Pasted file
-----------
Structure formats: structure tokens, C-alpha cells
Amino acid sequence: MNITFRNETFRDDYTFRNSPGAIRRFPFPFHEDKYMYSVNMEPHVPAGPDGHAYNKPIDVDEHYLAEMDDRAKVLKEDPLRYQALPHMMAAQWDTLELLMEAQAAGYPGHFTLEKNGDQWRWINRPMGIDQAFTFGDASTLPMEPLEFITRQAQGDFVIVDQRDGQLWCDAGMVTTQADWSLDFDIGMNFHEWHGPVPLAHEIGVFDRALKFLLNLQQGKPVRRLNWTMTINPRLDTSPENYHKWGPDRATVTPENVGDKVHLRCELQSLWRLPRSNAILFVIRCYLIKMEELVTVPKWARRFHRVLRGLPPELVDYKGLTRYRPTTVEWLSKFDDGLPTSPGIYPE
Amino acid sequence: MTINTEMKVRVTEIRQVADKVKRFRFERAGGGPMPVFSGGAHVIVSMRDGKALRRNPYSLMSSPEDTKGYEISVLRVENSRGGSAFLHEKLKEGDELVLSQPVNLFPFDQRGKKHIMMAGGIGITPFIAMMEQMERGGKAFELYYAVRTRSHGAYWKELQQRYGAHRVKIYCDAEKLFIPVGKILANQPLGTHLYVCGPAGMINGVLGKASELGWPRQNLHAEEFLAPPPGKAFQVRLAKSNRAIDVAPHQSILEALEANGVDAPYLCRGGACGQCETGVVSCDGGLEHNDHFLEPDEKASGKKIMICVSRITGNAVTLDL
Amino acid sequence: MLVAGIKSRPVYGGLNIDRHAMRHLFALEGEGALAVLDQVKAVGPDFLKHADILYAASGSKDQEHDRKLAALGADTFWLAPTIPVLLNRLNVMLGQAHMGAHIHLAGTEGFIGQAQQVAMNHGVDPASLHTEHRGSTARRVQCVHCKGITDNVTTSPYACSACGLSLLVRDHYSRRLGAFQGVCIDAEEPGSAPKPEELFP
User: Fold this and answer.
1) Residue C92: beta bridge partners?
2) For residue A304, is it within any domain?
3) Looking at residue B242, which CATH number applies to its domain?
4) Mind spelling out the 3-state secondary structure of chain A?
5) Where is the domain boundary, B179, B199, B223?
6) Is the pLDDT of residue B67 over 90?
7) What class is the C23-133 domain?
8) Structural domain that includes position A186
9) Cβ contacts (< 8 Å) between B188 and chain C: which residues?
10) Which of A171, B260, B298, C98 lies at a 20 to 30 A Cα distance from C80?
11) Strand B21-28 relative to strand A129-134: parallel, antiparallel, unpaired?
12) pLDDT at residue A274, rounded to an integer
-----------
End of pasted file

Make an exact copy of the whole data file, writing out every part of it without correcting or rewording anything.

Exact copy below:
Structure formats: structure tokens, C-alpha cells
Amino acid sequence: MNITFRNETFRDDYTFRNSPGAIRRFPFPFHEDKYMYSVNMEPHVPAGPDGHAYNKPIDVDEHYLAEMDDRAKVLKEDPLRYQALPHMMAAQWDTLELLMEAQAAGYPGHFTLEKNGDQWRWINRPMGIDQAFTFGDASTLPMEPLEFITRQAQGDFVIVDQRDGQLWCDAGMVTTQADWSLDFDIGMNFHEWHGPVPLAHEIGVFDRALKFLLNLQQGKPVRRLNWTMTINPRLDTSPENYHKWGPDRATVTPENVGDKVHLRCELQSLWRLPRSNAILFVIRCYLIKMEELVTVPKWARRFHRVLRGLPPELVDYKGLTRYRPTTVEWLSKFDDGLPTSPGIYPE
Amino acid sequence: MTINTEMKVRVTEIRQVADKVKRFRFERAGGGPMPVFSGGAHVIVSMRDGKALRRNPYSLMSSPEDTKGYEISVLRVENSRGGSAFLHEKLKEGDELVLSQPVNLFPFDQRGKKHIMMAGGIGITPFIAMMEQMERGGKAFELYYAVRTRSHGAYWKELQQRYGAHRVKIYCDAEKLFIPVGKILANQPLGTHLYVCGPAGMINGVLGKASELGWPRQNLHAEEFLAPPPGKAFQVRLAKSNRAIDVAPHQSILEALEANGVDAPYLCRGGACGQCETGVVSCDGGLEHNDHFLEPDEKASGKKIMICVSRITGNAVTLDL
Amino acid sequence: MLVAGIKSRPVYGGLNIDRHAMRHLFALEGEGALAVLDQVKAVGPDFLKHADILYAASGSKDQEHDRKLAALGADTFWLAPTIPVLLNRLNVMLGQAHMGAHIHLAGTEGFIGQAQQVAMNHGVDPASLHTEHRGSTARRVQCVHCKGITDNVTTSPYACSACGLSLLVRDHYSRRLGAFQGVCIDAEEPGSAPKPEELFP
User: Fold this and answer.
1) Residue C92: beta bridge partners?
2) For residue A304, is it within any domain?
3) Looking at residue B242, which CATH number applies to its domain?
4) Mind spelling out the 3-state secondary structure of chain A?
5) Where is the domain boundary, B179, B199, B223?
6) Is the pLDDT of residue B67 over 90?
7) What class is the C23-133 domain?
8) Structural domain that includes position A186
9) Cβ contacts (< 8 Å) between B188 and chain C: which residues?
10) Which of A171, B260, B298, C98 lies at a 20 to 30 A Cα distance from C80?
11) Strand B21-28 relative to strand A129-134: parallel, antiparallel, unpaired?
12) pLDDT at residue A274, rounded to an integer